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10 Other general recommendations

When you’ve read all of the parts of my series about writing for better artist marketing, you’ll have a good idea of ​​what is important. In today’s last part of the series, I’ll give you some very general tips that you can apply to all types of text mentioned so far. So now take another look at all the texts that you may have already written and check them against the following checklist. Anyway, it is always good advice to let a written text rest for a while and revise it later.


  • In short: In any case – regardless of the actual length of the text – less is usually more! Avoid lengthy explanations, avoid unnecessarily many filler words, get to the point quickly. Above all, avoid repetitions, even if they were phrased differently, but in the end only mean the same thing. Instead, spice up your text with meaningful adjectives.
  • No superlatives: Avoid phrases like “the best”, “unique”, “never seen before”. That sounds implausible. Write real content and describe real benefits.
  • Optics: make your text clear! The longer it is, the more important thematically ordered paragraphs and structuring words (= especially bullet points and conjunctions) such as: first / second / third, also, finally, both / and, however, although, so that etc.
  • Grammatical style: Write variedly in terms of choice of words and sentence structure. Above all, make sure that not too many sentences start alike. Use the passive voice only rarely or not at all. Active language is much more appealing.
  • Content style: Write understandably! Choose a language that is easy to understand. Avoid too many foreign words or insider terms, avoid nested sentences.
  • Other style: If you want to choose a gender-appropriate language, read my detailed blog article from Oct. 11, 2017: “A small introduction to inclusive language for writing about art.”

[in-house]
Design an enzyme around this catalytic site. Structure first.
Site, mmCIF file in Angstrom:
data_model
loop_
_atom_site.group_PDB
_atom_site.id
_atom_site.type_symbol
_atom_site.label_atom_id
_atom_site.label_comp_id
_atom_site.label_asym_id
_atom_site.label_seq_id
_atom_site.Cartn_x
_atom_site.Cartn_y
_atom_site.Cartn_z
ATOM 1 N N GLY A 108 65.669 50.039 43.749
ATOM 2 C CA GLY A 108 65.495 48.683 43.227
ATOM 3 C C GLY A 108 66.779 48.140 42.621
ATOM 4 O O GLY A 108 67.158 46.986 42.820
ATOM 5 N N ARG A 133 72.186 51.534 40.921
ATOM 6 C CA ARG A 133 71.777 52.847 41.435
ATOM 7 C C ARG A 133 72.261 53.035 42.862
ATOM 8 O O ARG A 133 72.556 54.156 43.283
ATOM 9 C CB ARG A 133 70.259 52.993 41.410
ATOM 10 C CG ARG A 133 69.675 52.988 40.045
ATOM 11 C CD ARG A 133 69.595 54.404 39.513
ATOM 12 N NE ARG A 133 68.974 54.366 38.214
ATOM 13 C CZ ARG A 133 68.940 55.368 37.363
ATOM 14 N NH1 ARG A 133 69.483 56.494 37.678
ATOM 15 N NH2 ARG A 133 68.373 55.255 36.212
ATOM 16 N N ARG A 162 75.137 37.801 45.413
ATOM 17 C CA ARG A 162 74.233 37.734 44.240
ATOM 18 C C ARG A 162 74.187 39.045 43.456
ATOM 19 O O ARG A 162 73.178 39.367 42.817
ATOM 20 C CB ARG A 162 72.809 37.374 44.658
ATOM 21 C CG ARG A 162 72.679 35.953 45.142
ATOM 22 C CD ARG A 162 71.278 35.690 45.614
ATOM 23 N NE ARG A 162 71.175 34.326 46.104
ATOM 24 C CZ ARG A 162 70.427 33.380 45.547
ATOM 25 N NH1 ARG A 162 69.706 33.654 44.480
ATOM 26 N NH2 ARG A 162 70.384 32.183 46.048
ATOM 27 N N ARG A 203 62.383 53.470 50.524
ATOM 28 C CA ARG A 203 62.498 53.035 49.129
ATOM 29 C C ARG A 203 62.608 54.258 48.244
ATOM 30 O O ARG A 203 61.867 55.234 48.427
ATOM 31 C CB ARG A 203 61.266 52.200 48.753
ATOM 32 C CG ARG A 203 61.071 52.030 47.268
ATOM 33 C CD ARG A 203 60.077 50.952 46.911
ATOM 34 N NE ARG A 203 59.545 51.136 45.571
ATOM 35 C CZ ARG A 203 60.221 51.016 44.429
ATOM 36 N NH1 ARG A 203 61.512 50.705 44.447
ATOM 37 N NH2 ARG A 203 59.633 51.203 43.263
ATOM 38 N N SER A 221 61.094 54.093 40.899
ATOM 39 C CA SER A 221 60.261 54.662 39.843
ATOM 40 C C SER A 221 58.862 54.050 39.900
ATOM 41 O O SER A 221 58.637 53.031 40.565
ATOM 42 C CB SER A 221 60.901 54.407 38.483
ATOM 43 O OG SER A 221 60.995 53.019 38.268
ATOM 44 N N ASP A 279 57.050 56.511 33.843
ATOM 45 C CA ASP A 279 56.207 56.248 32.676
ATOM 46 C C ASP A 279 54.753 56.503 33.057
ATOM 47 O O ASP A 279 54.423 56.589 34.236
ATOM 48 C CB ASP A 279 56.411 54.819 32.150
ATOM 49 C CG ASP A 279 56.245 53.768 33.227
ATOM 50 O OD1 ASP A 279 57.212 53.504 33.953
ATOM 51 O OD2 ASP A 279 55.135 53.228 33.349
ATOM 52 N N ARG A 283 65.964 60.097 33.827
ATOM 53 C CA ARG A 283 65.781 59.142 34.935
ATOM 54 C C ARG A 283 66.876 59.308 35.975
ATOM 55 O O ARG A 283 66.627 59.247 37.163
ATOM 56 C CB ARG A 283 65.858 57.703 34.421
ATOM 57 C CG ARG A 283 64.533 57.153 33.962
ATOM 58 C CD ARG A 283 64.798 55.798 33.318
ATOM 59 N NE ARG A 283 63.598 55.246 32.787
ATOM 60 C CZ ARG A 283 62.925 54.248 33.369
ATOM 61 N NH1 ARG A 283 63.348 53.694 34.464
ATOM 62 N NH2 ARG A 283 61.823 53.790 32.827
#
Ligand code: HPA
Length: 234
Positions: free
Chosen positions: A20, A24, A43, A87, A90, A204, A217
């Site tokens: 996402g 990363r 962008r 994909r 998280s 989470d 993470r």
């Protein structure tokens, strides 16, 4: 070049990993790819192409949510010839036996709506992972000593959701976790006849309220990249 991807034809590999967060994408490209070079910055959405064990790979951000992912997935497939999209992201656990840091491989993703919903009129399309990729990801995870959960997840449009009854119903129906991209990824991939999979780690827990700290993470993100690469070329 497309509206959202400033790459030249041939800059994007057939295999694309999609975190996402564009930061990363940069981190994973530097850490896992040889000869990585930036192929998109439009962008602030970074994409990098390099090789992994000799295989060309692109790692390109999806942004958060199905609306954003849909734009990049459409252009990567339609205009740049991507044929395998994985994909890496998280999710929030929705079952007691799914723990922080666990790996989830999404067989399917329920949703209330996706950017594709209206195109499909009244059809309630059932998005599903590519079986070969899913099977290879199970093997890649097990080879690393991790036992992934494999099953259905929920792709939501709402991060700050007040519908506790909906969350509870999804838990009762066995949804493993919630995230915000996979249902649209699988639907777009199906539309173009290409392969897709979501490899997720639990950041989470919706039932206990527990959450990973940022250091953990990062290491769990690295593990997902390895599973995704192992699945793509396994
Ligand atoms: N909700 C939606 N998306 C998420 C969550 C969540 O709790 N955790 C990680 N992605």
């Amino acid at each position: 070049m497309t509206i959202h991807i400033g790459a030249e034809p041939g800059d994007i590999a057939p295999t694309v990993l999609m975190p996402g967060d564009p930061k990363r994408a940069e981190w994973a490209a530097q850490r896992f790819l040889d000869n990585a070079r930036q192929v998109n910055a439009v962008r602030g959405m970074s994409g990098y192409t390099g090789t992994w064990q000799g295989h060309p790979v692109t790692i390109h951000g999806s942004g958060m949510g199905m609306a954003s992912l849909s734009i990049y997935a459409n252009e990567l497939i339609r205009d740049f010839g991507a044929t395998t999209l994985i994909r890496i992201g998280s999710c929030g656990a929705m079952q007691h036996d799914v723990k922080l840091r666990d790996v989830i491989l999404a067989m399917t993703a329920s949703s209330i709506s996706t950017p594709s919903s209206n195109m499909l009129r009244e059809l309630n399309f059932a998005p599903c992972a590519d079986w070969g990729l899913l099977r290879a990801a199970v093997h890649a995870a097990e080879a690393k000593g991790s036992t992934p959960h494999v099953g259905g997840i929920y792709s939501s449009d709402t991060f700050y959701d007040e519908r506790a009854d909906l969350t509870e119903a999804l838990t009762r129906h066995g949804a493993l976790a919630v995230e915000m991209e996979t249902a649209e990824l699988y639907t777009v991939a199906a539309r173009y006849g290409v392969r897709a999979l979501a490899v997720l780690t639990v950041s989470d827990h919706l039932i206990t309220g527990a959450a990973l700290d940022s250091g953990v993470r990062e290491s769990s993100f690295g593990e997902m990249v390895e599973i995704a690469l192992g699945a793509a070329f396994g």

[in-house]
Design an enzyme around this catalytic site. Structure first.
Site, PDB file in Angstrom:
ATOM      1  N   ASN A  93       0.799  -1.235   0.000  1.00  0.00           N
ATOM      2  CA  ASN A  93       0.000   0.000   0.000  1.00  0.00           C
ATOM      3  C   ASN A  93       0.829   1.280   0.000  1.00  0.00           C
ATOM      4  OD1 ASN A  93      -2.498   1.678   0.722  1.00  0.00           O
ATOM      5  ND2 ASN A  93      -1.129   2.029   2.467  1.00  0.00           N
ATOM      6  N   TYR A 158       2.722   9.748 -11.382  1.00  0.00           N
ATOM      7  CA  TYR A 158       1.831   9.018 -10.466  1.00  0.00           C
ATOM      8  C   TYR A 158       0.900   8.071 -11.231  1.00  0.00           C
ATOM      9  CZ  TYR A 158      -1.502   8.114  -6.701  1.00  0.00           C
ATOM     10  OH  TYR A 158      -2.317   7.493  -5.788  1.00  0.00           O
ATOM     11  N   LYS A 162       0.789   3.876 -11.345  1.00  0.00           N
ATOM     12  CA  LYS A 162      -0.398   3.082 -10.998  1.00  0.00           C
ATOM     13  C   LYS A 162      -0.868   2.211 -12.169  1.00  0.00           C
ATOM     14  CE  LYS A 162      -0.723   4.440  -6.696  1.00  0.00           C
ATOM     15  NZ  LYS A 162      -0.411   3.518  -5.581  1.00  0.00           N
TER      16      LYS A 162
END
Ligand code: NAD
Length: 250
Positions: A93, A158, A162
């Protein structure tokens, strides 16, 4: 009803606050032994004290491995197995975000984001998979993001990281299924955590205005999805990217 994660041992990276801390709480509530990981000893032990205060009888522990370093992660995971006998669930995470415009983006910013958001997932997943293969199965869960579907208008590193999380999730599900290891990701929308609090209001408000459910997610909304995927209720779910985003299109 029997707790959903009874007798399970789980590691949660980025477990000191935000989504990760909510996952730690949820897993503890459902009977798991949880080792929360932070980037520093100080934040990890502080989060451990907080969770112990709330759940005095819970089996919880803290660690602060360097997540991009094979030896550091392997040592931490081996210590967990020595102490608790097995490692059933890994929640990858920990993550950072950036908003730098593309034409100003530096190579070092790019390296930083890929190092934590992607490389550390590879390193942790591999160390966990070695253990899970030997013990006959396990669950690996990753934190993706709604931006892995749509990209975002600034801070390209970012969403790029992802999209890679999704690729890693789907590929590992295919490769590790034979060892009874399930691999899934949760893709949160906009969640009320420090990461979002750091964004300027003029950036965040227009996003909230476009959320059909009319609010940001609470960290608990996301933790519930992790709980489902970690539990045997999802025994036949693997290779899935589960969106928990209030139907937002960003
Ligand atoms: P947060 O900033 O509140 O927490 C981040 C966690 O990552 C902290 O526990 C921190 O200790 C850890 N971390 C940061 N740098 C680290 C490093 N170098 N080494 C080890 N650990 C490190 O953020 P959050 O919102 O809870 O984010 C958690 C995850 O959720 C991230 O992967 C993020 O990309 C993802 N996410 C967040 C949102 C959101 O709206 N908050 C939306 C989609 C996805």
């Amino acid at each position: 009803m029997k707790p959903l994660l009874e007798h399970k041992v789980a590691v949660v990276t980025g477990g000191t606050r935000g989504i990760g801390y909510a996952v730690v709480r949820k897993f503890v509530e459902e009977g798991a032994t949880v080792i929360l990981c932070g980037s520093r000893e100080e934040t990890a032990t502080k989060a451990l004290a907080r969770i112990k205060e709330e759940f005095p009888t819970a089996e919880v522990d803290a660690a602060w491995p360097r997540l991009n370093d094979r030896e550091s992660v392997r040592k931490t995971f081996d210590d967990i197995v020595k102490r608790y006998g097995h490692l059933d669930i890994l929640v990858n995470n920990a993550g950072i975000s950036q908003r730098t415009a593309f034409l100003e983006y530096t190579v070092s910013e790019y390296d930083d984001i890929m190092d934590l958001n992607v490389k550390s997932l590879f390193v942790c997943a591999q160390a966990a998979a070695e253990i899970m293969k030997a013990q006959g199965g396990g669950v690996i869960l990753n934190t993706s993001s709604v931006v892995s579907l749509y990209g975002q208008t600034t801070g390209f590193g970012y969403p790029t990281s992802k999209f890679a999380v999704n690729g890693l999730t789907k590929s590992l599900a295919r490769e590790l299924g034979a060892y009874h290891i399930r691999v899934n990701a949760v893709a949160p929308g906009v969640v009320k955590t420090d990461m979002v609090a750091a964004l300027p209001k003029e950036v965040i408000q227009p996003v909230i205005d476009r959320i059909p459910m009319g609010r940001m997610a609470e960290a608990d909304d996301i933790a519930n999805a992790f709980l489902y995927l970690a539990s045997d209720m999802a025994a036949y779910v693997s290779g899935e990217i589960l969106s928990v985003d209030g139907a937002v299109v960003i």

• Linguistic correctness: Even if you can of course correct your spelling and grammar at any point as soon as you notice a mistake, the most important thing at the end is to read your text well again and again and again. You often don’t see the forest for the trees. Maybe you can give your text to someone else to look over it.
  • Layout: When your text is ready, make it visually appealing. Warning: This does not mean that you should also act out your creativity here! Text that is too colorful and with too much formatting or an unusual font often appears confusing and less appealing.
  • Document form: And finally, think carefully about HOW you will send your finished texts if you plan to do so. A PDF document can be very inconvenient for recipients because you cannot simply copy it. If your text is needed for an exhibition catalog, for example, then the best thing to do is simply write it into the email. You should also avoid unnecessary formatting (e.g. bold print, special fonts or built-in paragraphs), as they usually have to be removed at the end anyway. Show your creativity in your art, but not in the appearance of your texts!

Last but not least, a professional external image is very important: Anyone who has the time and digital competence should have their own website on which each selection committee can easily and always up-to-date information about the artist. Here you can present your artistic biography and your artistic statement as well as your vita to a wide audience. Anyone who has never created their own website should seek advice on content and design in order to avoid typical beginner mistakes. But that’s a completely different topic again ..

Nina Davis

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